Do you really understand how FAFSA works? By: Christian Prevost

Do you really understand how FAFSA works?


By: Christian Prevost

Millions of students apply for and receive financial aid every year, but how many students actually know all the rules and regulations that comes along with receiving student aid? When I was graduating high school I had teachers tell me and fellow students, “If you can’t afford to pay for college out of pocket, apply for FAFSA, it’s free money to receive a degree.” At the time it seemed like the greatest news in the world.  Free money to go to college.  That word free automatically gives you a false impression of what financial aid really is.


Financial aid is supposed to help students in low income families afford higher learning institutions.  Not all students that apply for FAFSA receive a Pell grant (aka the free money) or a loan.  The Pell grant is based off the amount of money either the student or student’s family made the year before the student applied for aid.  That determines the student or family’s contribution towards the FAFSA, which decides how much aid the student will receive for the year.  Financial aid does not always cover all the cost of attending college.  Some students may notice when they first attend some colleges, their Pell grant will cover their full tuition, books, fees, then whatever money is left over is given to the student in the form of a refund check.  Refund checks are used for whatever the student wants, there’s no restrictions.  Some students like Tranell, a nursing major at Delgado, learned last year that her Pell grant would only cover her tuition.  She thought she was receiving an amount higher than she received one fall semester, changing her plans to buy books for her classes and a new laptop with her refund.


Your college makes the decision of how much aid you will receive every semester based on how your performance has been in school, and how much they feel your need is.   Students who do not receive enough financial aid from the Pell grant to cover all cost of attending college tend to apply for student loans.  Student loans are fine for the fiscally-responsible student who knows to only take the amount of loans needed to pay what the Pell grant won’t cover, like the remainder of tuition, books, or even that laptop you need to be successful. It’s best to only take what you need.  These are loans and they do draw interest over time.  Meaning the amount you’ve taken out will be higher when it’s time to pay it back.


Many students, when they have a refund check in hand for thousands of dollars, may buy cars, clothes and other unnecessary things that don’t pertain to their success in school. One UNO student, who would like to remain nameless, took out loans totaling $50,000, to buy himself a car, and stylish shoes and clothes. Now he regrets his overindulgence in student loans. He is no longer able to receive FAFSA to pursue his degree, and has to work full time to pay off his loans and support himself.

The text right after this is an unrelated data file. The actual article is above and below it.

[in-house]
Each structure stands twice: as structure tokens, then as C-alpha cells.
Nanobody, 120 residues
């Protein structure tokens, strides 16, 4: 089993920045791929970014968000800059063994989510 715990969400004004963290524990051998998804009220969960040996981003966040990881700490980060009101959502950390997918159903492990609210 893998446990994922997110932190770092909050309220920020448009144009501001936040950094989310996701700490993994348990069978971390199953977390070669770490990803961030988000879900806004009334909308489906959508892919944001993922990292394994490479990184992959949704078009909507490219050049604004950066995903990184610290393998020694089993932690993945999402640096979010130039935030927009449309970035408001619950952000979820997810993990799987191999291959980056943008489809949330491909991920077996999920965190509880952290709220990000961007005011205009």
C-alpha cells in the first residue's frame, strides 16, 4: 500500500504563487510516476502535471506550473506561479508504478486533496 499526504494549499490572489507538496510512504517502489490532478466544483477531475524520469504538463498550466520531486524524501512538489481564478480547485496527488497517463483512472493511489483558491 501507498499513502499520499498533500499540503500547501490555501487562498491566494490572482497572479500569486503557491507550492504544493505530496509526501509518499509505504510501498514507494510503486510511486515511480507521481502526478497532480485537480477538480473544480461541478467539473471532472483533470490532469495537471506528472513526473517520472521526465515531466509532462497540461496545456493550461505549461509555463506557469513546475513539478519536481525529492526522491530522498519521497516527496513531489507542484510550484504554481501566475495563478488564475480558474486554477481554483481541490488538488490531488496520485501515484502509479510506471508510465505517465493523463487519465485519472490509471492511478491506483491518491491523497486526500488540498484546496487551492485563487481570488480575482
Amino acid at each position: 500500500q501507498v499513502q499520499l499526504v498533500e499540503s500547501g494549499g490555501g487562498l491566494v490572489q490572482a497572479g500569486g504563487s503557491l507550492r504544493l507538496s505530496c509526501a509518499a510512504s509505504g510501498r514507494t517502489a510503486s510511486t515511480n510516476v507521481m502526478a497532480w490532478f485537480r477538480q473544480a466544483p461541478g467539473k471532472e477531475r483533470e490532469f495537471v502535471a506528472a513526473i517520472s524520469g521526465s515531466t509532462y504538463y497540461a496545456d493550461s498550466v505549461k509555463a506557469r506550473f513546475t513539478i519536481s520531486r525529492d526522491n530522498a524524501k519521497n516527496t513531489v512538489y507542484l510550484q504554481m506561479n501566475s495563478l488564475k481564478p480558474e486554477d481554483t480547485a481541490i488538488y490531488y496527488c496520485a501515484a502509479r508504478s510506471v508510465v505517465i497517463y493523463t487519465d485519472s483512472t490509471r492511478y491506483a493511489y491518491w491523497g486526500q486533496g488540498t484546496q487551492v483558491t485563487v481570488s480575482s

Losing FAFSA is easier than receiving it.   Students with FAFSA must maintain the Satisfactory Academic Progress (SAP).  This is accomplished a few ways.  Students must maintain a GPA of a C average (2.0 or higher) while pursuing a 2-year associates degree, or a 4-year bachelor’s degree.  Failure to maintain this GPA will result in loss of financial aid.  Many students don’t take classes as seriously as they should, and end up failing them.  One F can take a 4.0 GPA and make it a 3.0.  It’s helpful to drop a class before receiving an F or using the repeat delete method, but using these fixes can cause another major problem.  That problem is Academic Pace.  Academic Pace is based off the percent completion rate for degree seeking programs.  That means if you have a full class load your first year and you drop half your classes, and continue to follow the same pattern the next year; that will put you at a 37.5 percent completion rate your second year.  You should be at a 75 percent completion rate, so this causes a loss of FAFSA from not meeting Academic Pace.  The average associates degree has a max time of 3 years to achieve and a bachelors has a max of 6 years.

Adam (not his real name), a transferring Mass Communications major  at Delgado, was maintaining a GPA higher than a 2.0, but lost financial aid  due to Academic Pace.  “When I went to my freshmen orientation the speaker told the room, ‘if you’re in danger of failing, drop the class and receive a W instead of an F,’ but  what wasn’t said was, you’ll maintain a high GPA but you’ll run into trouble with financial aid,” Adam said. His hours taken had become higher than the hours completed, giving him a lower completion rate.


Loss of FAFSA is not the end. There are ways of getting back your financial aid.  You can file an appeal which is like the waiting game. You must file the appeal before the deadline then wait to see if you’re approved.  This is the most common way get it back.  You can also pay for classes out of pocket to raise your GPA to become eligible again, or you can change your major or school to see if that will help.


One major thing you can do is not lose it at all.  Don’t take on a load that’s too much.  If you’re not sure what you want to do or why you’re going to college, don’t go until you’re ready. You can wait –you’re never too old to go to college.


FAFSA deadline for Summer semester 2016 is March 18, Fall semester 2016, May 22, and Spring semester 2017, October 16.  You must apply before these dates to have a chance at getting your money in time to pay for your classes.

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